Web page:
As perSection 55 of the Major Ports Authorities Act, 2021, the Adjudicatory Board consists of a Presiding Officer and two members. As per Section 56 of the Major Ports Authorities Act, 2021, the Presiding Officer must be a retired Judge of the Supreme Court of India or a retired Chief Justice of a High Court and the member must be either retired Chief Secretary of a State Government or retired Secretary of the Central Government. An appeal from the decision of the Adjudicatory Board lies to the Supreme Court.

It is pertinent and interesting to note that such a dispute resolution mechanism is absent under the Indian Ports Act of 1908 or the respective State Maritime Board Trust Act. Although the exclusion of arbitration is a step in the right direction, the fact that the State Maritime Board could adjudicate a dispute between itself and any other stakeholder in the port ecosystem reeks of conflict of interest. This also puts a question mark against its legitimacy as an impartial dispute resolution authority.

Another anomaly in the dispute resolution setup is that as per Section 22(2)(c) of the IPB, 2021 the Adjudicatory Board could adjudicate any disputes between two or more State Governments. In other words, the Bill fails to specify that the Adjudicatory Authority would only be empowered to adjudicate disputes which may have some relationship to the operation or development of ports. This vague language that derogates the original jurisdiction of the Supreme Court could face constitutional challenges if retained in the enacted legislation.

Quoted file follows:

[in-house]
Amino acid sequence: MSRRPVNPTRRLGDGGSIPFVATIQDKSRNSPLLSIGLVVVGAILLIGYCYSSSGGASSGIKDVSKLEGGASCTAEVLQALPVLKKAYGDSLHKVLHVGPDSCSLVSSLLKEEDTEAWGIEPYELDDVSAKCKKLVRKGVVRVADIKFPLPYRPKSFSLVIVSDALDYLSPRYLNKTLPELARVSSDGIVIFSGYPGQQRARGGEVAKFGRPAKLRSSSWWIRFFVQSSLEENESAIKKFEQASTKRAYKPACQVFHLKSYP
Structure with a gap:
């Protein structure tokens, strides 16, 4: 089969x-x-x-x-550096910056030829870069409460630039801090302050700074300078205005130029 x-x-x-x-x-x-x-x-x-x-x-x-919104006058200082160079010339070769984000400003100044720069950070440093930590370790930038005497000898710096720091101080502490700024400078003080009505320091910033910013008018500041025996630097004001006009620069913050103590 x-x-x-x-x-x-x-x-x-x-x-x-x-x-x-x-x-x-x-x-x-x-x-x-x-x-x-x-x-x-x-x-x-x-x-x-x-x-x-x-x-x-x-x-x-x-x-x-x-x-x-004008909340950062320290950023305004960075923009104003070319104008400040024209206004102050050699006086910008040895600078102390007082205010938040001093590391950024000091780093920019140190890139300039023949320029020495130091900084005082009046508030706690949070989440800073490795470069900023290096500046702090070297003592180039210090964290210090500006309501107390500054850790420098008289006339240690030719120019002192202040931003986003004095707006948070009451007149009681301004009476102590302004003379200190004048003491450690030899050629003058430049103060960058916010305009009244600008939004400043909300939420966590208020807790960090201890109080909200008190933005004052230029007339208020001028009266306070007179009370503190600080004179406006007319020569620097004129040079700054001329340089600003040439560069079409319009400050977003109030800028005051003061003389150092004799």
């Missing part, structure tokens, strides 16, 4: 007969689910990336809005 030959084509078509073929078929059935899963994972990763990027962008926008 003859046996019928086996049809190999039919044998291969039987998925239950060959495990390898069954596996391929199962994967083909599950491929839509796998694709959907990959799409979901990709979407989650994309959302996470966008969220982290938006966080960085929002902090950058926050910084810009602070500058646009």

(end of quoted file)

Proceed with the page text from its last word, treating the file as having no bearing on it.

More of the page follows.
Maritime State Development Councils- An assault on federalism?

Chapter II of the IPB, 2021 provides for the establishment of the Maritime State Development Council (hereinafter referred to as “MSDC”). Apart from the Union Minister and State Minister-in-charge of ports, the MSDC also includes bureaucrats as members like All Joint Secretaries to the Government of India in the Ministry dealing with ports, Sagarmala and Shipping, the Joint Secretary to the Government of India in the Ministry of Environment, Forest and Climate Change, etc.

MSDC performs both recommendatory as well as mandatory functions. It contains within itself the power to make recommendations to the Central Government (with respect to major ports) and to the State Government (with respect to the minor ports) inter alia on the adequacy of the existing legal framework or statutory compliances for ports in India, measures to facilitate competition and promote efficiency in the operation of ports and to facilitate the growth of the port sector and port connectivity.

Its mandatory functions inter alia include formulation of a national plan for the development of both major and minor ports and monitoring the development of non-major ports in the States with the view to ensure their integrated development with major ports and the national plan.

It must be noted that MSDC is not a new body; it was established in 1997 for the coordinated development of major and minor ports. IBP, 2021 merely seeks to provide it with statutory recognition. It must be noted that the MSDC today is only a body of Union and State Ministers in charge of ports. In other words, it is membership does not extend to central government bureaucrats. With the inclusion of bureaucrats, the composition of MSDC is weighted in favor of the Centre. Such inclusion is not being viewed favorably by many states’ governments. This is mainly because it gives the states an impression that MSDC would end up being a body that would be controlled by the central government without paying heed to the concerns of the state government.